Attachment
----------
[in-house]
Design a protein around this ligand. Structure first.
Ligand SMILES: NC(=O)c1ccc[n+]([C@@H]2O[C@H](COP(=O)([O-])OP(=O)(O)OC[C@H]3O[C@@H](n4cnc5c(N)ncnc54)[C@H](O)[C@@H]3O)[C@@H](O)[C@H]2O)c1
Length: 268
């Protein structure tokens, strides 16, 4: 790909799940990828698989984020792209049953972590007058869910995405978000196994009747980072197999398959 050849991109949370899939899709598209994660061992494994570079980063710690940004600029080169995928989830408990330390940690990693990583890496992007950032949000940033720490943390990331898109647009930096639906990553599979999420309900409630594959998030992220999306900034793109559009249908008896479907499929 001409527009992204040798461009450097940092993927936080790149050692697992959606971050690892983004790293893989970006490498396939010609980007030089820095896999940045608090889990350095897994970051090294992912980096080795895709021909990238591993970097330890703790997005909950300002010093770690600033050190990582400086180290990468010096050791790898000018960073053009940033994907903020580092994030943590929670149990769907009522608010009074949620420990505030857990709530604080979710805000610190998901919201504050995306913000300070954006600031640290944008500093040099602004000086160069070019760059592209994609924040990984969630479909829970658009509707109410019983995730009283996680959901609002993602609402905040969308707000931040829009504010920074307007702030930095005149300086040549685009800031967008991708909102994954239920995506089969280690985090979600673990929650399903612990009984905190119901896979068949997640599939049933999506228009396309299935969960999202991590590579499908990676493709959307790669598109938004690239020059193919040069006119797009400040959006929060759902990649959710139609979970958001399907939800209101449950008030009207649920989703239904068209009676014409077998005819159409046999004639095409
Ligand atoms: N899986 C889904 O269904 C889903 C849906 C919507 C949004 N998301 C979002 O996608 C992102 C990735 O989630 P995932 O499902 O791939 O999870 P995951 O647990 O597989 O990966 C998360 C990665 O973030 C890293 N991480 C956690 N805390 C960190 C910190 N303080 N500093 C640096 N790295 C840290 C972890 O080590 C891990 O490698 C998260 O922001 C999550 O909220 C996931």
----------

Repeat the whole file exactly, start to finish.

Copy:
[in-house]
Design a protein around this ligand. Structure first.
Ligand SMILES: NC(=O)c1ccc[n+]([C@@H]2O[C@H](COP(=O)([O-])OP(=O)(O)OC[C@H]3O[C@@H](n4cnc5c(N)ncnc54)[C@H](O)[C@@H]3O)[C@@H](O)[C@H]2O)c1
Length: 268
């Protein structure tokens, strides 16, 4: 790909799940990828698989984020792209049953972590007058869910995405978000196994009747980072197999398959 050849991109949370899939899709598209994660061992494994570079980063710690940004600029080169995928989830408990330390940690990693990583890496992007950032949000940033720490943390990331898109647009930096639906990553599979999420309900409630594959998030992220999306900034793109559009249908008896479907499929 001409527009992204040798461009450097940092993927936080790149050692697992959606971050690892983004790293893989970006490498396939010609980007030089820095896999940045608090889990350095897994970051090294992912980096080795895709021909990238591993970097330890703790997005909950300002010093770690600033050190990582400086180290990468010096050791790898000018960073053009940033994907903020580092994030943590929670149990769907009522608010009074949620420990505030857990709530604080979710805000610190998901919201504050995306913000300070954006600031640290944008500093040099602004000086160069070019760059592209994609924040990984969630479909829970658009509707109410019983995730009283996680959901609002993602609402905040969308707000931040829009504010920074307007702030930095005149300086040549685009800031967008991708909102994954239920995506089969280690985090979600673990929650399903612990009984905190119901896979068949997640599939049933999506228009396309299935969960999202991590590579499908990676493709959307790669598109938004690239020059193919040069006119797009400040959006929060759902990649959710139609979970958001399907939800209101449950008030009207649920989703239904068209009676014409077998005819159409046999004639095409
Ligand atoms: N899986 C889904 O269904 C889903 C849906 C919507 C949004 N998301 C979002 O996608 C992102 C990735 O989630 P995932 O499902 O791939 O999870 P995951 O647990 O597989 O990966 C998360 C990665 O973030 C890293 N991480 C956690 N805390 C960190 C910190 N303080 N500093 C640096 N790295 C840290 C972890 O080590 C891990 O490698 C998260 O922001 C999550 O909220 C996931």